I had the unique experience of being a host to new immigrants through Immigrant Services Society of British Columbia. What benefits did I gain? I met people, who were starting a new life in Canada, giving me insight into the challenges that my parents experienced when they moved to Canada. There were people from China, Iran, and France. The most successful partnerships included active participation on my part, as well as the newcomers. I learned how to see my city and Canada with fresh eyes, when I helped people navigate their new lives in here. They equally got a kick out of the fact that I was a 2nd generation Canadian. By listening to their stories of their homeland, I got a sense of life in other countries. It was like a passport to everyday lives in other lands.

Although I mentored new immigrants, I would readily mentor young professionals as I am at mid-career. You might ask why I would put energy into such a relationship. The rewards are knowledge transfer, gaining insight into problems, and giving back to the library community. I have had informal mentors along the way and would like to think that by mentoring, I am supporting those who believe in organizing information and developing knowledge.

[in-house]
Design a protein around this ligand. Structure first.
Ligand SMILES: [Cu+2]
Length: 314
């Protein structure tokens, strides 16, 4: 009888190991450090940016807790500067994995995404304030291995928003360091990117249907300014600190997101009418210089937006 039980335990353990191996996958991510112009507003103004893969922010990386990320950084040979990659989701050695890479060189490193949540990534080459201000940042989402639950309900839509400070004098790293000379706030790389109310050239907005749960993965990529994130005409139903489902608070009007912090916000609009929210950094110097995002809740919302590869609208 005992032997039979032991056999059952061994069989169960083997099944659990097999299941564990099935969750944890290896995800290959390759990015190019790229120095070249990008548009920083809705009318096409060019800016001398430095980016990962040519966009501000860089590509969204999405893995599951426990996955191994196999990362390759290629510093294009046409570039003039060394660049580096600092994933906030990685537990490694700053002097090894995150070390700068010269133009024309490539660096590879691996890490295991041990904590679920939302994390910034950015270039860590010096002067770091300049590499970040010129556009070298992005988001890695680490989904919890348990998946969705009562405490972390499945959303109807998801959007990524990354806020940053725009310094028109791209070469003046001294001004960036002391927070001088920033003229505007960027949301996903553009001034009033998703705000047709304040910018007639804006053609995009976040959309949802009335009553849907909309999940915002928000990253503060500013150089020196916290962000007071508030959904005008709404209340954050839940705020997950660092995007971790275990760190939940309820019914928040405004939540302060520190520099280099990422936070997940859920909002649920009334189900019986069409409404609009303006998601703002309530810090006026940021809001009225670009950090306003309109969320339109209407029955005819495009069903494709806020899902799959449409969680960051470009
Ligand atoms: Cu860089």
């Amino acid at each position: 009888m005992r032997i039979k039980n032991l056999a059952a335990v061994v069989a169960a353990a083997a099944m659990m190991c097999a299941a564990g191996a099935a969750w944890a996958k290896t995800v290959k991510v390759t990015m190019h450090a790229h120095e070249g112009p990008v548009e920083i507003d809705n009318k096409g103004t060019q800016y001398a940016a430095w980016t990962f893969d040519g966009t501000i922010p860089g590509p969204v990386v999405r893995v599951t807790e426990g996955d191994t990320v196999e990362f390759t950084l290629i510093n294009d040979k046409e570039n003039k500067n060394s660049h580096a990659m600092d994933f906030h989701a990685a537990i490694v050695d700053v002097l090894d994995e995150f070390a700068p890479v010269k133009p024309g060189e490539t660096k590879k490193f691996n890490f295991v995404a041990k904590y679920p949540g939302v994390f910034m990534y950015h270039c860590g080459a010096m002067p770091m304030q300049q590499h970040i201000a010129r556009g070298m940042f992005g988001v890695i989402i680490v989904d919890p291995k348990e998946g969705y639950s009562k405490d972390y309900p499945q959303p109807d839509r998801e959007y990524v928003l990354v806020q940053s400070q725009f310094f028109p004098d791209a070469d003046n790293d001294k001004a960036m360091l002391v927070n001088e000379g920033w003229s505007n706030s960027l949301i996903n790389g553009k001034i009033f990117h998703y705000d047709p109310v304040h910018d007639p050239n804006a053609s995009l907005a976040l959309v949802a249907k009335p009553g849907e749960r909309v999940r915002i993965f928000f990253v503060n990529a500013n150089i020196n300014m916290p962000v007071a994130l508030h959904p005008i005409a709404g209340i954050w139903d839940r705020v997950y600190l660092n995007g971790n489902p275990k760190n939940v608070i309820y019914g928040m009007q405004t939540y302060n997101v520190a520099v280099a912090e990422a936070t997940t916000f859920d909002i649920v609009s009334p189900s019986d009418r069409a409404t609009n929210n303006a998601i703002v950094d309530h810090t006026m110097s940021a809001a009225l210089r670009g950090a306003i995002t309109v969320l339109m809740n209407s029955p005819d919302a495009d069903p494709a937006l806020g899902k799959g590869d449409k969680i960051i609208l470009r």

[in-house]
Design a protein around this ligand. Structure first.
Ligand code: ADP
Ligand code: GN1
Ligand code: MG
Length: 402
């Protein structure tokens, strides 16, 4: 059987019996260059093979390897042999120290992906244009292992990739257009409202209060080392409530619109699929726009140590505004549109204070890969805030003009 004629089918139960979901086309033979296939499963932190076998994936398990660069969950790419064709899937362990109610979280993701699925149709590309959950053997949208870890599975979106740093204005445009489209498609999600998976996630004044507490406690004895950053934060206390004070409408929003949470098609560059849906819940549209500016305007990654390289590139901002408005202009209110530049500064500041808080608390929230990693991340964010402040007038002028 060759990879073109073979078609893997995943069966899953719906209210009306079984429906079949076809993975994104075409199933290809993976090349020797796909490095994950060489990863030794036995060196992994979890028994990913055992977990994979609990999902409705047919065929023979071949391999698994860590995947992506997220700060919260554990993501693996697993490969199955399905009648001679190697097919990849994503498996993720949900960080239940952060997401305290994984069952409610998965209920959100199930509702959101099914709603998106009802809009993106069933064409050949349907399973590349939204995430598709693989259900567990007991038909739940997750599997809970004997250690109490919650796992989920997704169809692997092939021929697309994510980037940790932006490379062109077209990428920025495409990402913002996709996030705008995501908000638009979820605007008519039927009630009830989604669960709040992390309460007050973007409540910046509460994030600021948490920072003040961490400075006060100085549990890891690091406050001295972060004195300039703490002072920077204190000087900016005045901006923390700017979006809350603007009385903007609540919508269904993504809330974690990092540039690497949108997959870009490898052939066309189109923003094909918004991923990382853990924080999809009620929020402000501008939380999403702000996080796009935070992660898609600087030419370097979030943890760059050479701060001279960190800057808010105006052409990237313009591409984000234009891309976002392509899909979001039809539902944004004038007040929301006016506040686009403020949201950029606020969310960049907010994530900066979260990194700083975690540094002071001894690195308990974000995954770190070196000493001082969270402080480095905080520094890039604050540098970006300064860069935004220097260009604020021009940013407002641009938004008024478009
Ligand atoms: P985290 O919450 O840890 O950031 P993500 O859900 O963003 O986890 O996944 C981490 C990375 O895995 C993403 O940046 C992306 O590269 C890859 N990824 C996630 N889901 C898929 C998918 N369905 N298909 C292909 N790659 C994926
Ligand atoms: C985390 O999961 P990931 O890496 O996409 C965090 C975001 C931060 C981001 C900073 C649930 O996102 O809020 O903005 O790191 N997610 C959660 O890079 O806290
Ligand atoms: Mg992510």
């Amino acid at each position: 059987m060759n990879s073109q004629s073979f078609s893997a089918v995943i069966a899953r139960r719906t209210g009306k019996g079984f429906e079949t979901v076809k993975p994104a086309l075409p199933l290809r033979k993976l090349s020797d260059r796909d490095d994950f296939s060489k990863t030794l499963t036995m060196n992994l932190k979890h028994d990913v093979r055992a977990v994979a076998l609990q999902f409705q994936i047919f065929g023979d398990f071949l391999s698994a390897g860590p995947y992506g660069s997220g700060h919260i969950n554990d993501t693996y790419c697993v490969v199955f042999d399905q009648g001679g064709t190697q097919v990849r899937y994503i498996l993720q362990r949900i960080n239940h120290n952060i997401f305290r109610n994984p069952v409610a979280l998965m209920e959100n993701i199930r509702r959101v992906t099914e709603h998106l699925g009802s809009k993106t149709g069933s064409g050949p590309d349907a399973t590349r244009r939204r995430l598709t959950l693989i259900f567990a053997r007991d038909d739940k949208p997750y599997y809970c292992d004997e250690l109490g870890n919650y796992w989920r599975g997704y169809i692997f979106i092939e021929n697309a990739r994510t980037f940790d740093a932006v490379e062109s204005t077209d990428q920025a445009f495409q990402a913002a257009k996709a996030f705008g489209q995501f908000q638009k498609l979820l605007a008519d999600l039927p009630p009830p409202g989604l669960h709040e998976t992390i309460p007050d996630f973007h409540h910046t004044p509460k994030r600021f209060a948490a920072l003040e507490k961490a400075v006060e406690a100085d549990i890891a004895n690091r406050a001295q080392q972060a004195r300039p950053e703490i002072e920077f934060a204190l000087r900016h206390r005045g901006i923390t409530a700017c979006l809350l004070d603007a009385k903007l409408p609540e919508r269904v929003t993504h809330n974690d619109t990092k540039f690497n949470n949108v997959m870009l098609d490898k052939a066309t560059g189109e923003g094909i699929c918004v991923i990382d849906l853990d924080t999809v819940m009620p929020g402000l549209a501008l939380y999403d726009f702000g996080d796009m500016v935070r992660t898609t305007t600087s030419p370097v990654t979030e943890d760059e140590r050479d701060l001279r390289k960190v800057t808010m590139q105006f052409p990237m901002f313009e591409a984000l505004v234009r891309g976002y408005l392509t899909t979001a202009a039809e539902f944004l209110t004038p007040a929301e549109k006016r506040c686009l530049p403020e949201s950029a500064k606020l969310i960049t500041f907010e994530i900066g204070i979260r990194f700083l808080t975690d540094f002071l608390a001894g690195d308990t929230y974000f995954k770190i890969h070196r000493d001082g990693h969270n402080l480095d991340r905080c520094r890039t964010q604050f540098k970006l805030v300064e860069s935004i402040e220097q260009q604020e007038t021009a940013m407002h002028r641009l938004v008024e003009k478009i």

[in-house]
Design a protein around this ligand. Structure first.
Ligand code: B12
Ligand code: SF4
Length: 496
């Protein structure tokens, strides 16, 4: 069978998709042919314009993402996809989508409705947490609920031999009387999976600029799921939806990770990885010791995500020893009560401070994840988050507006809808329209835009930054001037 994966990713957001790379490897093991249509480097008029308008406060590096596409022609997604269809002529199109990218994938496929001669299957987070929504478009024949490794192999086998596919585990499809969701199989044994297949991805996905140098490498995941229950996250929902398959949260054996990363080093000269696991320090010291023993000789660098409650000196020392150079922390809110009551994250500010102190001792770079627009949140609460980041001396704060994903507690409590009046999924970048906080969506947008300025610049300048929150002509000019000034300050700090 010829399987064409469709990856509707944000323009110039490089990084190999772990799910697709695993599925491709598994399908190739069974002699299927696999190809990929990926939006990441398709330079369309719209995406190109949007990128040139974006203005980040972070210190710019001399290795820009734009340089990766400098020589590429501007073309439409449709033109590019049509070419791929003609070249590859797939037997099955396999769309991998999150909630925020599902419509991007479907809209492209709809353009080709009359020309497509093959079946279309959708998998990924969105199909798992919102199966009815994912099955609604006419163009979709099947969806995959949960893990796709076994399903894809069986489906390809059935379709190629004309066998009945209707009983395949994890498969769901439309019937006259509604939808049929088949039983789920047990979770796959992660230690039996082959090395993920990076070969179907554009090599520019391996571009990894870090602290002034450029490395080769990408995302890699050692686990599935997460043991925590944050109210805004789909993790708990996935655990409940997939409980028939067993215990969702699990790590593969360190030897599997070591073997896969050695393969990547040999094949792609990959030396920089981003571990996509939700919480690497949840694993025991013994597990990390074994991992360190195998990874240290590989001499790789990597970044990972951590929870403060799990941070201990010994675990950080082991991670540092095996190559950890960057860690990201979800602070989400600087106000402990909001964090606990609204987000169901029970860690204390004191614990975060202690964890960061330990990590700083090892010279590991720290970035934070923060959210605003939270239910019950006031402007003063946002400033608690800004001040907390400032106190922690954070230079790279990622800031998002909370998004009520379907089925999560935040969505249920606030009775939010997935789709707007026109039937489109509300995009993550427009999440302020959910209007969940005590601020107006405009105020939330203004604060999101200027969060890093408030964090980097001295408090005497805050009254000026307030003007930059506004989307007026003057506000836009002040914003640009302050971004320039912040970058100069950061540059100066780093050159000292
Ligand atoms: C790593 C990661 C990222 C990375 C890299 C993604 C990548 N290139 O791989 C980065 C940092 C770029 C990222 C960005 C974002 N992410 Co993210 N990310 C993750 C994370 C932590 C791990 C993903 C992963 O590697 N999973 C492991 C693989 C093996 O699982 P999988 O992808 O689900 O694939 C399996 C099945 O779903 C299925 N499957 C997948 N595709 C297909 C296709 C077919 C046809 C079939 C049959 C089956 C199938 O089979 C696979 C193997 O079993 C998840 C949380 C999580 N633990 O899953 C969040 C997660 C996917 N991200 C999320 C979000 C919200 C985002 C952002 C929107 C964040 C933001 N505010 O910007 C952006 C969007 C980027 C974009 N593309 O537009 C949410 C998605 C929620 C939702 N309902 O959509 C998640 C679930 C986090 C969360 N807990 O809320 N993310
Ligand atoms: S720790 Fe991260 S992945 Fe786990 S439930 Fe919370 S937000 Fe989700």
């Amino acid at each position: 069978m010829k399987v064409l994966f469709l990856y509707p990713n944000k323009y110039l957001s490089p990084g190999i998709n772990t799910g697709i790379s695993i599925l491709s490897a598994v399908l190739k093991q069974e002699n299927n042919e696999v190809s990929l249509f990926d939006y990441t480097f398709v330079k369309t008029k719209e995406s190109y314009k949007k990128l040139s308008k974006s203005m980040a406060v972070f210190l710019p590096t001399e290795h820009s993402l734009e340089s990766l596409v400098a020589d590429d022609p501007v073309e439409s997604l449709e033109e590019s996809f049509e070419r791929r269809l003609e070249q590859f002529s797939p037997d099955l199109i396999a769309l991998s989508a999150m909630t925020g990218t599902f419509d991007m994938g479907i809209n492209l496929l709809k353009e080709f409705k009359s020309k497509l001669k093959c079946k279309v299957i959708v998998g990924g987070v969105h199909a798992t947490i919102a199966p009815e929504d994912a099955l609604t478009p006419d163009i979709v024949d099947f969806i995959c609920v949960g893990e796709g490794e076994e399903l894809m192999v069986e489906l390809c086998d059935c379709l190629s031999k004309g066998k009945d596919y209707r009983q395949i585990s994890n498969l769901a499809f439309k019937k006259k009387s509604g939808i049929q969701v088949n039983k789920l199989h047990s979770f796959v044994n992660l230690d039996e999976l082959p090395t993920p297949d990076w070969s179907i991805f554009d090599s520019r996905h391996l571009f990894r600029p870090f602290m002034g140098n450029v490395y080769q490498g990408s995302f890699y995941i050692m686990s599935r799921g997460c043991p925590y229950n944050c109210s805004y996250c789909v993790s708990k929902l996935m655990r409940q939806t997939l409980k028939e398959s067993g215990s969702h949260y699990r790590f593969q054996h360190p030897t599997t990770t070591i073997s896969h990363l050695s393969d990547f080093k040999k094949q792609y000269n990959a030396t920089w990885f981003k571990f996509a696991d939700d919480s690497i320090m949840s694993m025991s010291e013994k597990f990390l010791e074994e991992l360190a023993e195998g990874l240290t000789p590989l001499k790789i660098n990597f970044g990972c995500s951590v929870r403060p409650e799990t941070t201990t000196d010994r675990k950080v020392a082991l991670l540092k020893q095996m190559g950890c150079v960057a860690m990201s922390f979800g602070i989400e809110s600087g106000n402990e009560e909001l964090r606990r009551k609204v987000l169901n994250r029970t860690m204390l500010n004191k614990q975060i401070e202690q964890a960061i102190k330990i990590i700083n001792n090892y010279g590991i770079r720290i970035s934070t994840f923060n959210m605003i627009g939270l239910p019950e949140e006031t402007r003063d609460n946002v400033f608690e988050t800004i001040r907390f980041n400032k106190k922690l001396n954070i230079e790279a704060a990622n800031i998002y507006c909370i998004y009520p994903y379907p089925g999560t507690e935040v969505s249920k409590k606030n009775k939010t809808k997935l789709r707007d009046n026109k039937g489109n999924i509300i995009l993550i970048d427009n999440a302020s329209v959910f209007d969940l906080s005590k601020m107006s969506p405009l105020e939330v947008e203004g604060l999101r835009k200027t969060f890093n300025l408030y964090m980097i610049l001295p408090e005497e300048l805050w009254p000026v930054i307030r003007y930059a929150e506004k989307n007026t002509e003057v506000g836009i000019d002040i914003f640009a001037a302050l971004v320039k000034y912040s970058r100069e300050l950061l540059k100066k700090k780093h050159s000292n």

– Brenda

More reading

Debunk myth around mentoring

FAQs re: mentoring professionals


One Response to “Mentoring”

  1. 1 Karen

    I also feel that it’s important to give back, and I love to share the knowledge I’ve developed. The library community is so collaborative, and there are many opportunities to either mentor or be mentored. It’s amazing sometimes, the little things that I think are no big deal, to someone else it can be awe-inspiring.

    Kudos to you Brenda, for your help with immigrants.

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